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25MHz 2dBm sine wave to logic conversion

Discussion in 'Electronic Design' started by Andrew Holme, May 18, 2005.

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  1. Andrew Holme

    Andrew Holme Guest

    Can anyone suggest a good way to convert a 2dBm, 15-25 MHz sine wave to
    5V logic levels with very fast rise times and minimal noise / jitter.
    At the moment, I'm increasing the level to about 10dBm using an MSA0404
    MMIC, followed by a PNP differential-pair limiter (which is struggling
    a bit at this frequency). I'm wondering about ditching the PNP diff
    pair and replacing it with a SOT-23 single gate HCT Schmitt trigger.
     
  2. Andrew Holme

    Andrew Holme Guest

    Is there a good low-noise solution involving a broadband transformer
    e.g. wound on a ferrite bead? How about ditching the MMIC and going
    for a broadband step-up transformer, with load resistor, followed by
    the HCT schmitt trigger?
     
  3. Andrew Holme wrote...
    There are plenty of comparators that'll handle the task.
    For example, in the older high-voltage realm, there's the
    LT1016 and the TL3016. I also like the MAX903, which I'm
    using for a similar job at 80MHz.

    Or you could bias an unbuffered CMOS inverter into the
    linear region, and ac-couple the signal to it. A second
    inverter will sharpen the risetime.
     
  4. John Larkin

    John Larkin Guest


    Use a fast comparator or, even better, a 5-volt LVDS line receiver.

    For the LVDS, offset your sig to +2.5 volts and apply to the + input.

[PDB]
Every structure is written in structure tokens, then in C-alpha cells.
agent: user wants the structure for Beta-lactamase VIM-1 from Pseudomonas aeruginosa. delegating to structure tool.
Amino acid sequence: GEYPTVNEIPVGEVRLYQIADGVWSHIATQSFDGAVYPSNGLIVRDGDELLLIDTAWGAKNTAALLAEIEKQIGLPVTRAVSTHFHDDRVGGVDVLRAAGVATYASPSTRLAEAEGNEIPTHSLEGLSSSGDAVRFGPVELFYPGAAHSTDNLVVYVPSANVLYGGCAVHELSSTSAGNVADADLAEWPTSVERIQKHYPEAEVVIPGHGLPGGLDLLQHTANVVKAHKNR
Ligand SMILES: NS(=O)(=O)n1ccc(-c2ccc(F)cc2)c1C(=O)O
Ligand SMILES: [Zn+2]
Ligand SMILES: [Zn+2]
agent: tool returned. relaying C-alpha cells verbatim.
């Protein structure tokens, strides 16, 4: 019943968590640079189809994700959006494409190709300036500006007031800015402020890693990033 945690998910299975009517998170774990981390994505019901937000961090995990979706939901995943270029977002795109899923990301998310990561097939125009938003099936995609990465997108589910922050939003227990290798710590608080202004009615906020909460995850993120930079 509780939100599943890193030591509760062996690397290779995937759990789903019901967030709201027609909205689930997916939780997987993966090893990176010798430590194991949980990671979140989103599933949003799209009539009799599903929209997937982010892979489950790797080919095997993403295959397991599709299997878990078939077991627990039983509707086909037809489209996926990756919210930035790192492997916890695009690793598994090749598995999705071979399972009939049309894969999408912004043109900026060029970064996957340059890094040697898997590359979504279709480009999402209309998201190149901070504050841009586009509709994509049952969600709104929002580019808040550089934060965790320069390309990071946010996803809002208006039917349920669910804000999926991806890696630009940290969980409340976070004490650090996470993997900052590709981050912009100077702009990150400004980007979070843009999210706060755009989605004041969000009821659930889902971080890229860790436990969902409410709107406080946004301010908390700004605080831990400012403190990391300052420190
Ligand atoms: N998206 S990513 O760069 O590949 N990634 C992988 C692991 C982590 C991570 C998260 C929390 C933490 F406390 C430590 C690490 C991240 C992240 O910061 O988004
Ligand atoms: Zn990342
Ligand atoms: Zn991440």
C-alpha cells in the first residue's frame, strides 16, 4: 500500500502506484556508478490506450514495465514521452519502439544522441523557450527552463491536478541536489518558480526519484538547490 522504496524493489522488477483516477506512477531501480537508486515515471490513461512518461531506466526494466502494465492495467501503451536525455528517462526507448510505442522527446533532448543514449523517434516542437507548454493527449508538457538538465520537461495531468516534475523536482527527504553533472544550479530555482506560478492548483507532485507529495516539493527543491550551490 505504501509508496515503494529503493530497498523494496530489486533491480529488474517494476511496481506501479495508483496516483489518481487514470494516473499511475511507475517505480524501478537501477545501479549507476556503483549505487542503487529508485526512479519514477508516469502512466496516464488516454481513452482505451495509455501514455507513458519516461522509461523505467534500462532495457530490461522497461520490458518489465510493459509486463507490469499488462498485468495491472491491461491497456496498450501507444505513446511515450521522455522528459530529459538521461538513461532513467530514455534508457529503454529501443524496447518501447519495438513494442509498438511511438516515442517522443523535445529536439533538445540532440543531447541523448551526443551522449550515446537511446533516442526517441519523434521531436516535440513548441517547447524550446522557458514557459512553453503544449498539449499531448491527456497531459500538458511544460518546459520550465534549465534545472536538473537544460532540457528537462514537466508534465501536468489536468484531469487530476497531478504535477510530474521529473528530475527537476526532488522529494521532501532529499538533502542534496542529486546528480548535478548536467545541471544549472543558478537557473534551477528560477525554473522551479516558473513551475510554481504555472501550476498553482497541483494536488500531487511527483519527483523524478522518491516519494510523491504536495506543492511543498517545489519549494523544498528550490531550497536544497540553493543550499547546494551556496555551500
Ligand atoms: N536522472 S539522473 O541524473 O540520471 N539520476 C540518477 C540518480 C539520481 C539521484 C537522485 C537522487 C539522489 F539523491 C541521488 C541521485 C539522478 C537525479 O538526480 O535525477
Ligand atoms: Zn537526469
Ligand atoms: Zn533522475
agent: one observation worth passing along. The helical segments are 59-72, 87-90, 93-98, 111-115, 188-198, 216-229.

Feedback the output to the - input through a slowish R-C lowpass. That
    will servo the input threshold such as to make a 50% output duty cycle
    output. Shouldn't need the MMIC. Expect under 10 ps RMS jitter if your
    input's that good.

    Actually, you could probably get away with just applying your sig to
    one input and grounding the other. The LVDS receivers seem to work
    fine comparing around ground.

    National, Fairchild, TI, ONsemi make LVDS receivers. They are fast and
    cheap.

    John
     
  5. Fred Bloggs

    Fred Bloggs Guest

    No need to broadband with differential pair, and Schmitt trigger is the
    last component you want to use for low jitter output. Lowest noise would
    be 50 ohm input single transistor CE with reasonably high impedance
    inductive load terminated in 2.5V ( a simple variant of broadbanded
    video CE amp) driving logic buffer.
     
  6. Joerg

    Joerg Guest

    Hello Winfield,
    Ah, my kind of stuff. It will burn a bit of quiescent power though since
    he wants to reach 5V. 74HCU04 and the like can get pretty toasty.

    Alternatively, Andrew could use a BFS17 or two to jazz up the amplitude
    and then run it into an inverter.

    BTW, some info on "not so digital" uses of HCU and other chips would be